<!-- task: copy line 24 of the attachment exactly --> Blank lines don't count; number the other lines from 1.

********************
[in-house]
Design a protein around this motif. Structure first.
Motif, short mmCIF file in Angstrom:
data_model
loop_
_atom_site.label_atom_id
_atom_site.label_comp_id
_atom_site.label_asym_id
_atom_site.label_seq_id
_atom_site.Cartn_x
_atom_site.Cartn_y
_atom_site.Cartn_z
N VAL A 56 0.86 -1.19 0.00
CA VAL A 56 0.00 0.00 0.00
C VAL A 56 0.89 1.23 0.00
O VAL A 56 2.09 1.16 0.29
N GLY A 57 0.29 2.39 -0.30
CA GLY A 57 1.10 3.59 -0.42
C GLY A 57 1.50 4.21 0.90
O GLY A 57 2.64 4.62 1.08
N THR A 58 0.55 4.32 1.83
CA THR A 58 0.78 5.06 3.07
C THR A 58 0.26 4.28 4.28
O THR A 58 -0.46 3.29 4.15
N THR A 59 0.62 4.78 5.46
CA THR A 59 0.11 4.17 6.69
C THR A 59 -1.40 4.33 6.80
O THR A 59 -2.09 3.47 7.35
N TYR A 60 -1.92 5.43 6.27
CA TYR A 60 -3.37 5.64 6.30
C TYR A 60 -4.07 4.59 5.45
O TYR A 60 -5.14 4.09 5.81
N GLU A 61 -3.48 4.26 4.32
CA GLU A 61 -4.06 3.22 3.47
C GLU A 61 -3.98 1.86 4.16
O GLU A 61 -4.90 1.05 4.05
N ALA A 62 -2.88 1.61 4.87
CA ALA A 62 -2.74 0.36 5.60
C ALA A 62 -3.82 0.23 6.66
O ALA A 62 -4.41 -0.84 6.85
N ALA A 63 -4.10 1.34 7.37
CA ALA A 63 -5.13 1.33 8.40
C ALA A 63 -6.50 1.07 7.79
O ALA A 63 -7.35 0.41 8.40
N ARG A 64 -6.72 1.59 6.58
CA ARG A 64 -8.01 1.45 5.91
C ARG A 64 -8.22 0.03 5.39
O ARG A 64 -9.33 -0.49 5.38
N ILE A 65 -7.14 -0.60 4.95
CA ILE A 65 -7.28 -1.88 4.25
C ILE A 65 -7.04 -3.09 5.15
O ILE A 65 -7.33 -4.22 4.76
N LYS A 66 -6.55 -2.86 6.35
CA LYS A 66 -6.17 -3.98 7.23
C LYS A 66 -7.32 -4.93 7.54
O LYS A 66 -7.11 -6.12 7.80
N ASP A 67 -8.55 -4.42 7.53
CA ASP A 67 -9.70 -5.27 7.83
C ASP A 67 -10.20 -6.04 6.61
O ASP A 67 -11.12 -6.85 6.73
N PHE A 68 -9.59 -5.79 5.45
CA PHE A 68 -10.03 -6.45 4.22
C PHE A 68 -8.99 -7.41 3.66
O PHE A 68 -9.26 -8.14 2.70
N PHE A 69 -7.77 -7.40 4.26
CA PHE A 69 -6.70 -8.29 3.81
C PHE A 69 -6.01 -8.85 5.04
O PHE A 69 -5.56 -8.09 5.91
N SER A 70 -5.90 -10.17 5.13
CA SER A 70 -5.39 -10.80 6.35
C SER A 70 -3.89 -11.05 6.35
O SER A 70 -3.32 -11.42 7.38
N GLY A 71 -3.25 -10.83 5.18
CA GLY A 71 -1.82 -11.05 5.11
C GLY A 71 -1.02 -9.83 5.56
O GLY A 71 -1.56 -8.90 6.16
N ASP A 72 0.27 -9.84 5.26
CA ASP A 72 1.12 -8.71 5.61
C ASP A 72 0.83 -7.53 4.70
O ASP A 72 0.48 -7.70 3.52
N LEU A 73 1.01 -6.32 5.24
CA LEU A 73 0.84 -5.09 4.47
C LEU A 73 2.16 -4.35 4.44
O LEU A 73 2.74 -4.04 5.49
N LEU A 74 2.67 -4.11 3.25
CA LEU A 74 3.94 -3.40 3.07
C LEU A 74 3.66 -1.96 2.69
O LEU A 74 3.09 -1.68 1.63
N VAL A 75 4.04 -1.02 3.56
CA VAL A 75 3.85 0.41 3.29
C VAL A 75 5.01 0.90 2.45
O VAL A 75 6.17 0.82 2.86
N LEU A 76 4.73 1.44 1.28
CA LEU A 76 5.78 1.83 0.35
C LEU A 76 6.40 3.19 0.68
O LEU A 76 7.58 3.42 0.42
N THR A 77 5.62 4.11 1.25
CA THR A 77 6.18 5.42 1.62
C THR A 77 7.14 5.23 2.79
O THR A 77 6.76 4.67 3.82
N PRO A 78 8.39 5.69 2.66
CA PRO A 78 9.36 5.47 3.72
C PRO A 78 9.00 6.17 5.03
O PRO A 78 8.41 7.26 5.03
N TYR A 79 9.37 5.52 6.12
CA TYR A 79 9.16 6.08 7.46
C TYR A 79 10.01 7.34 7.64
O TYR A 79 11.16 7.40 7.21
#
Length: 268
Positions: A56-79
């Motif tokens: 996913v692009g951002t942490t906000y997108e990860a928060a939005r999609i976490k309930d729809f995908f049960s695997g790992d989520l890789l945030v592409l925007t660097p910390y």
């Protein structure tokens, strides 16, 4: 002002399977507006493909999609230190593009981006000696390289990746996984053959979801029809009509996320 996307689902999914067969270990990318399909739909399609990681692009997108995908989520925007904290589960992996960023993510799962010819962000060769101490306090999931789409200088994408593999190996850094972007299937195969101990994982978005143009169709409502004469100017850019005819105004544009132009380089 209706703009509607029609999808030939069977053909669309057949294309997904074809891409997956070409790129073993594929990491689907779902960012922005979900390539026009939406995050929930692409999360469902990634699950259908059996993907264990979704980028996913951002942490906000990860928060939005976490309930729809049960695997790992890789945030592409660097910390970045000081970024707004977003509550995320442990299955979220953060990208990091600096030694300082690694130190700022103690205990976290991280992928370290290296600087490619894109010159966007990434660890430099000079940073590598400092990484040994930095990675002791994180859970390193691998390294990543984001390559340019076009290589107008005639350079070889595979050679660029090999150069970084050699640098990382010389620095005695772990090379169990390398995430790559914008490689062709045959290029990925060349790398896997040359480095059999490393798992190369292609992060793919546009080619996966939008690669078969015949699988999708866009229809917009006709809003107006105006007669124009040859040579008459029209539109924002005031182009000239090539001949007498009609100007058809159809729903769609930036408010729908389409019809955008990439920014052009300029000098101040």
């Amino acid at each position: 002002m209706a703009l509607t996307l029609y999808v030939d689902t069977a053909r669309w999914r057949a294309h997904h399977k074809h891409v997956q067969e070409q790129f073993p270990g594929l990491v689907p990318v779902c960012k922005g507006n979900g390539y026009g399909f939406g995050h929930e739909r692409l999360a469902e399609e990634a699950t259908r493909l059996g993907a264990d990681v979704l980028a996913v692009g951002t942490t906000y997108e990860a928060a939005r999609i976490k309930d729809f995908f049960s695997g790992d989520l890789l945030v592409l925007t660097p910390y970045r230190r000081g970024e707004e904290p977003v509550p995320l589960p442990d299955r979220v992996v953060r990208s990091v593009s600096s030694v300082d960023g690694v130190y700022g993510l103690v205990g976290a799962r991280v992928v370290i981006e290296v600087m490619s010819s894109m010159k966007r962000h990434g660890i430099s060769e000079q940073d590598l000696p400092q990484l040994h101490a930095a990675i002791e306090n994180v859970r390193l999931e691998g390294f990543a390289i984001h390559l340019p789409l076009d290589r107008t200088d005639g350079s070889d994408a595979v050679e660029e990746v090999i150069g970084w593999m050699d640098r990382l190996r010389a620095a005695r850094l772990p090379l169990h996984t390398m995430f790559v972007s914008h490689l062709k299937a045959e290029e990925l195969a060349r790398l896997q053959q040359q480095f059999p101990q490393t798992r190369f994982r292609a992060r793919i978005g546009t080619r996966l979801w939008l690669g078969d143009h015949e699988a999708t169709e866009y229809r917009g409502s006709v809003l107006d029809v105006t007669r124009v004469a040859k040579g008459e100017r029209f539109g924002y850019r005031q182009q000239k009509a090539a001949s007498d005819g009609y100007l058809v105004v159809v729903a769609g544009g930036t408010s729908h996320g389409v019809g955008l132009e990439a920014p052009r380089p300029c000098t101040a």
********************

O THR A 58 -0.46 3.29 4.15